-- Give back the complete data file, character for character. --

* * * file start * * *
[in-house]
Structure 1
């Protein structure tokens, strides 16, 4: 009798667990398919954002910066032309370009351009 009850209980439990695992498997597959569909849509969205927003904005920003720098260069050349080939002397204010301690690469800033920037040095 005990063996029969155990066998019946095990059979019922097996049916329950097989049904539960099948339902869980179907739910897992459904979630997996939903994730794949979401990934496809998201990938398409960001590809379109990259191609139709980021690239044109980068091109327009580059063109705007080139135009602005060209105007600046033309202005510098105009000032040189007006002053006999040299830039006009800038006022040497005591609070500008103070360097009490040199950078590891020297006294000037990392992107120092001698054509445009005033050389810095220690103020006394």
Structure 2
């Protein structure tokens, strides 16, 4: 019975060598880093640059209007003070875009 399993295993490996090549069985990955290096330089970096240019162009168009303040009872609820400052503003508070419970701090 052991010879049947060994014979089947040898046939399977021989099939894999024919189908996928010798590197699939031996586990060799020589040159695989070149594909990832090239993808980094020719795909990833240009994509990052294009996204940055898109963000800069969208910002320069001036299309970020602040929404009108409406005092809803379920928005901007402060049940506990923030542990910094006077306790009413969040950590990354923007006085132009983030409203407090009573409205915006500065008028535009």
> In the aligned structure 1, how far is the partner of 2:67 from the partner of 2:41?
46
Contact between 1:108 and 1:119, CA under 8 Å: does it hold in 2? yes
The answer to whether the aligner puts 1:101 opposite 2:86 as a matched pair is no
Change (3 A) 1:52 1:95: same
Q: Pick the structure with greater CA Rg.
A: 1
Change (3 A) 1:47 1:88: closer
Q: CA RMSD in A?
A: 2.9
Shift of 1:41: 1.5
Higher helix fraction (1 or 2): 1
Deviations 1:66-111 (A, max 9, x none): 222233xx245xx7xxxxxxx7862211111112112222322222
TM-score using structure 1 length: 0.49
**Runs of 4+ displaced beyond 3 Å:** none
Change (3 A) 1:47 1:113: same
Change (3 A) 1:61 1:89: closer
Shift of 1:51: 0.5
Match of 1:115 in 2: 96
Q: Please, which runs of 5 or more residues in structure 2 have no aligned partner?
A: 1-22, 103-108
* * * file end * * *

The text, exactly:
[in-house]
Structure 1
């Protein structure tokens, strides 16, 4: 009798667990398919954002910066032309370009351009 009850209980439990695992498997597959569909849509969205927003904005920003720098260069050349080939002397204010301690690469800033920037040095 005990063996029969155990066998019946095990059979019922097996049916329950097989049904539960099948339902869980179907739910897992459904979630997996939903994730794949979401990934496809998201990938398409960001590809379109990259191609139709980021690239044109980068091109327009580059063109705007080139135009602005060209105007600046033309202005510098105009000032040189007006002053006999040299830039006009800038006022040497005591609070500008103070360097009490040199950078590891020297006294000037990392992107120092001698054509445009005033050389810095220690103020006394």
Structure 2
């Protein structure tokens, strides 16, 4: 019975060598880093640059209007003070875009 399993295993490996090549069985990955290096330089970096240019162009168009303040009872609820400052503003508070419970701090 052991010879049947060994014979089947040898046939399977021989099939894999024919189908996928010798590197699939031996586990060799020589040159695989070149594909990832090239993808980094020719795909990833240009994509990052294009996204940055898109963000800069969208910002320069001036299309970020602040929404009108409406005092809803379920928005901007402060049940506990923030542990910094006077306790009413969040950590990354923007006085132009983030409203407090009573409205915006500065008028535009």
> In the aligned structure 1, how far is the partner of 2:67 from the partner of 2:41?
46
Contact between 1:108 and 1:119, CA under 8 Å: does it hold in 2? yes
The answer to whether the aligner puts 1:101 opposite 2:86 as a matched pair is no
Change (3 A) 1:52 1:95: same
Q: Pick the structure with greater CA Rg.
A: 1
Change (3 A) 1:47 1:88: closer
Q: CA RMSD in A?
A: 2.9
Shift of 1:41: 1.5
Higher helix fraction (1 or 2): 1
Deviations 1:66-111 (A, max 9, x none): 222233xx245xx7xxxxxxx7862211111112112222322222
TM-score using structure 1 length: 0.49
**Runs of 4+ displaced beyond 3 Å:** none
Change (3 A) 1:47 1:113: same
Change (3 A) 1:61 1:89: closer
Shift of 1:51: 0.5
Match of 1:115 in 2: 96
Q: Please, which runs of 5 or more residues in structure 2 have no aligned partner?
A: 1-22, 103-108